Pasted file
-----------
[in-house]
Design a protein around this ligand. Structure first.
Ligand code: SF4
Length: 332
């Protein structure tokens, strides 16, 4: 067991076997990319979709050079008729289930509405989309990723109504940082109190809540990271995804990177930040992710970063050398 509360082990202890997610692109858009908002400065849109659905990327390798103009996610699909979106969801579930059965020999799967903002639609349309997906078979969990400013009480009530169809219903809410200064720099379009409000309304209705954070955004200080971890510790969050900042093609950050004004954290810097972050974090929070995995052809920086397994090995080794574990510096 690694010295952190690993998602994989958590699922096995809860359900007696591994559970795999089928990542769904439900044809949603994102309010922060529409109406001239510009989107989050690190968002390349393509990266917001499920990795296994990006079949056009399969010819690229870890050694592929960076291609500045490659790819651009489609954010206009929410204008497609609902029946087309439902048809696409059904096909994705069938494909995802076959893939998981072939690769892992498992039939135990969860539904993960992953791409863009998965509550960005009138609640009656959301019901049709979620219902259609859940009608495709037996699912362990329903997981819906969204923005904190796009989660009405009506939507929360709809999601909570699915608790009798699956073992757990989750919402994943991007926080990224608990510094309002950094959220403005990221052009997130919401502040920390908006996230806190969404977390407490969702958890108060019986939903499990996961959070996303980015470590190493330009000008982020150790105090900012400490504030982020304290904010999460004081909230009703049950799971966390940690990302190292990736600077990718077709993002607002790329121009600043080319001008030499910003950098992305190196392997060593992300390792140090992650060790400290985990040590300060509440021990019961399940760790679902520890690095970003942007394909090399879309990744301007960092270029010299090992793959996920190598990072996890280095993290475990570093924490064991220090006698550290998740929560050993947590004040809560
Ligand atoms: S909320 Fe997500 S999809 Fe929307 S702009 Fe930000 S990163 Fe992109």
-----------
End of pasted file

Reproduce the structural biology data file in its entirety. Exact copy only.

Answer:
[in-house]
Design a protein around this ligand. Structure first.
Ligand code: SF4
Length: 332
């Protein structure tokens, strides 16, 4: 067991076997990319979709050079008729289930509405989309990723109504940082109190809540990271995804990177930040992710970063050398 509360082990202890997610692109858009908002400065849109659905990327390798103009996610699909979106969801579930059965020999799967903002639609349309997906078979969990400013009480009530169809219903809410200064720099379009409000309304209705954070955004200080971890510790969050900042093609950050004004954290810097972050974090929070995995052809920086397994090995080794574990510096 690694010295952190690993998602994989958590699922096995809860359900007696591994559970795999089928990542769904439900044809949603994102309010922060529409109406001239510009989107989050690190968002390349393509990266917001499920990795296994990006079949056009399969010819690229870890050694592929960076291609500045490659790819651009489609954010206009929410204008497609609902029946087309439902048809696409059904096909994705069938494909995802076959893939998981072939690769892992498992039939135990969860539904993960992953791409863009998965509550960005009138609640009656959301019901049709979620219902259609859940009608495709037996699912362990329903997981819906969204923005904190796009989660009405009506939507929360709809999601909570699915608790009798699956073992757990989750919402994943991007926080990224608990510094309002950094959220403005990221052009997130919401502040920390908006996230806190969404977390407490969702958890108060019986939903499990996961959070996303980015470590190493330009000008982020150790105090900012400490504030982020304290904010999460004081909230009703049950799971966390940690990302190292990736600077990718077709993002607002790329121009600043080319001008030499910003950098992305190196392997060593992300390792140090992650060790400290985990040590300060509440021990019961399940760790679902520890690095970003942007394909090399879309990744301007960092270029010299090992793959996920190598990072996890280095993290475990570093924490064991220090006698550290998740929560050993947590004040809560
Ligand atoms: S909320 Fe997500 S999809 Fe929307 S702009 Fe930000 S990163 Fe992109």